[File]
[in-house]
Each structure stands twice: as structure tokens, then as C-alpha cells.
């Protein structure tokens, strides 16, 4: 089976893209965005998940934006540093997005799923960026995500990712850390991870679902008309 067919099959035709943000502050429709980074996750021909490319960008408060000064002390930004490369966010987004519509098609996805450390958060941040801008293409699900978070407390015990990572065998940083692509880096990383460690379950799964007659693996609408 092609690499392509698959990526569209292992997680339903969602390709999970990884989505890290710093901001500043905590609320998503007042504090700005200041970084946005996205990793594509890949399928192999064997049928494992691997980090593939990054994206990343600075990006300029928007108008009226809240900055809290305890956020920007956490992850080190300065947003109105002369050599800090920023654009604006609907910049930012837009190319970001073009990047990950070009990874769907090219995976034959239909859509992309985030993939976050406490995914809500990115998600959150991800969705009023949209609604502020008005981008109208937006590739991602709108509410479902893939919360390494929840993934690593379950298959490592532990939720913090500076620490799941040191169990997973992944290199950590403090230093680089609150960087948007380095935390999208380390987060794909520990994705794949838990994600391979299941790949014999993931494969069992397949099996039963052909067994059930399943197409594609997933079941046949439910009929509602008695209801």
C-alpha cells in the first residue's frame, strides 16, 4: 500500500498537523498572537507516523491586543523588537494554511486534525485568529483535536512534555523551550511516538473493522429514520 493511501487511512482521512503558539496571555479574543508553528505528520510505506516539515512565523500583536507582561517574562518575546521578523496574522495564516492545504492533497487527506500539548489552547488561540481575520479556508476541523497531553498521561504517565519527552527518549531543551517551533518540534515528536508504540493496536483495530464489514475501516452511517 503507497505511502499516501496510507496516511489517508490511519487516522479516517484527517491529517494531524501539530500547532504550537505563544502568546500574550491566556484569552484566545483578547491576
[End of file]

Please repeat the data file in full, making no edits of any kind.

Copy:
[in-house]
Each structure stands twice: as structure tokens, then as C-alpha cells.
């Protein structure tokens, strides 16, 4: 089976893209965005998940934006540093997005799923960026995500990712850390991870679902008309 067919099959035709943000502050429709980074996750021909490319960008408060000064002390930004490369966010987004519509098609996805450390958060941040801008293409699900978070407390015990990572065998940083692509880096990383460690379950799964007659693996609408 092609690499392509698959990526569209292992997680339903969602390709999970990884989505890290710093901001500043905590609320998503007042504090700005200041970084946005996205990793594509890949399928192999064997049928494992691997980090593939990054994206990343600075990006300029928007108008009226809240900055809290305890956020920007956490992850080190300065947003109105002369050599800090920023654009604006609907910049930012837009190319970001073009990047990950070009990874769907090219995976034959239909859509992309985030993939976050406490995914809500990115998600959150991800969705009023949209609604502020008005981008109208937006590739991602709108509410479902893939919360390494929840993934690593379950298959490592532990939720913090500076620490799941040191169990997973992944290199950590403090230093680089609150960087948007380095935390999208380390987060794909520990994705794949838990994600391979299941790949014999993931494969069992397949099996039963052909067994059930399943197409594609997933079941046949439910009929509602008695209801």
C-alpha cells in the first residue's frame, strides 16, 4: 500500500498537523498572537507516523491586543523588537494554511486534525485568529483535536512534555523551550511516538473493522429514520 493511501487511512482521512503558539496571555479574543508553528505528520510505506516539515512565523500583536507582561517574562518575546521578523496574522495564516492545504492533497487527506500539548489552547488561540481575520479556508476541523497531553498521561504517565519527552527518549531543551517551533518540534515528536508504540493496536483495530464489514475501516452511517 503507497505511502499516501496510507496516511489517508490511519487516522479516517484527517491529517494531524501539530500547532504550537505563544502568546500574550491566556484569552484566545483578547491576